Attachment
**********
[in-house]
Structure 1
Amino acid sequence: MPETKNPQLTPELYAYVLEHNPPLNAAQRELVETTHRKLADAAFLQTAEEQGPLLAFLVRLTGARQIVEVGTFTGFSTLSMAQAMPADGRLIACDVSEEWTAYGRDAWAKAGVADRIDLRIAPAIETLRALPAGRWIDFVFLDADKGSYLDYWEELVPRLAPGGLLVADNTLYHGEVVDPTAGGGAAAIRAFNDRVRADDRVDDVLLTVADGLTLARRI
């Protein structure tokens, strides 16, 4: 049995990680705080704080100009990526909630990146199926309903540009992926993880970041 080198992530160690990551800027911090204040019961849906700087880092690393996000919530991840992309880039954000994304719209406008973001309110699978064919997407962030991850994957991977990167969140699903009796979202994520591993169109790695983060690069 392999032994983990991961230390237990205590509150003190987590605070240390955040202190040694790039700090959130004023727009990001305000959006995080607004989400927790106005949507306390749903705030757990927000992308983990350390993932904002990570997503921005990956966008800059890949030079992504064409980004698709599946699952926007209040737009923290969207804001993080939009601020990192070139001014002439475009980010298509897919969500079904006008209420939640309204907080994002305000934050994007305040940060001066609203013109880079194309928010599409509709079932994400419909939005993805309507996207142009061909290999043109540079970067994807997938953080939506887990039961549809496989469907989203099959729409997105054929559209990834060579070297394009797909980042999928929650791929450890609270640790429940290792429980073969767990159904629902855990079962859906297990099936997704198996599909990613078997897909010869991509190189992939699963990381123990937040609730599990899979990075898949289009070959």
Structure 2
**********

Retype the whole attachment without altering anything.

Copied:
[in-house]
Structure 1
Amino acid sequence: MPETKNPQLTPELYAYVLEHNPPLNAAQRELVETTHRKLADAAFLQTAEEQGPLLAFLVRLTGARQIVEVGTFTGFSTLSMAQAMPADGRLIACDVSEEWTAYGRDAWAKAGVADRIDLRIAPAIETLRALPAGRWIDFVFLDADKGSYLDYWEELVPRLAPGGLLVADNTLYHGEVVDPTAGGGAAAIRAFNDRVRADDRVDDVLLTVADGLTLARRI
């Protein structure tokens, strides 16, 4: 049995990680705080704080100009990526909630990146199926309903540009992926993880970041 080198992530160690990551800027911090204040019961849906700087880092690393996000919530991840992309880039954000994304719209406008973001309110699978064919997407962030991850994957991977990167969140699903009796979202994520591993169109790695983060690069 392999032994983990991961230390237990205590509150003190987590605070240390955040202190040694790039700090959130004023727009990001305000959006995080607004989400927790106005949507306390749903705030757990927000992308983990350390993932904002990570997503921005990956966008800059890949030079992504064409980004698709599946699952926007209040737009923290969207804001993080939009601020990192070139001014002439475009980010298509897919969500079904006008209420939640309204907080994002305000934050994007305040940060001066609203013109880079194309928010599409509709079932994400419909939005993805309507996207142009061909290999043109540079970067994807997938953080939506887990039961549809496989469907989203099959729409997105054929559209990834060579070297394009797909980042999928929650791929450890609270640790429940290792429980073969767990159904629902855990079962859906297990099936997704198996599909990613078997897909010869991509190189992939699963990381123990937040609730599990899979990075898949289009070959």
Structure 2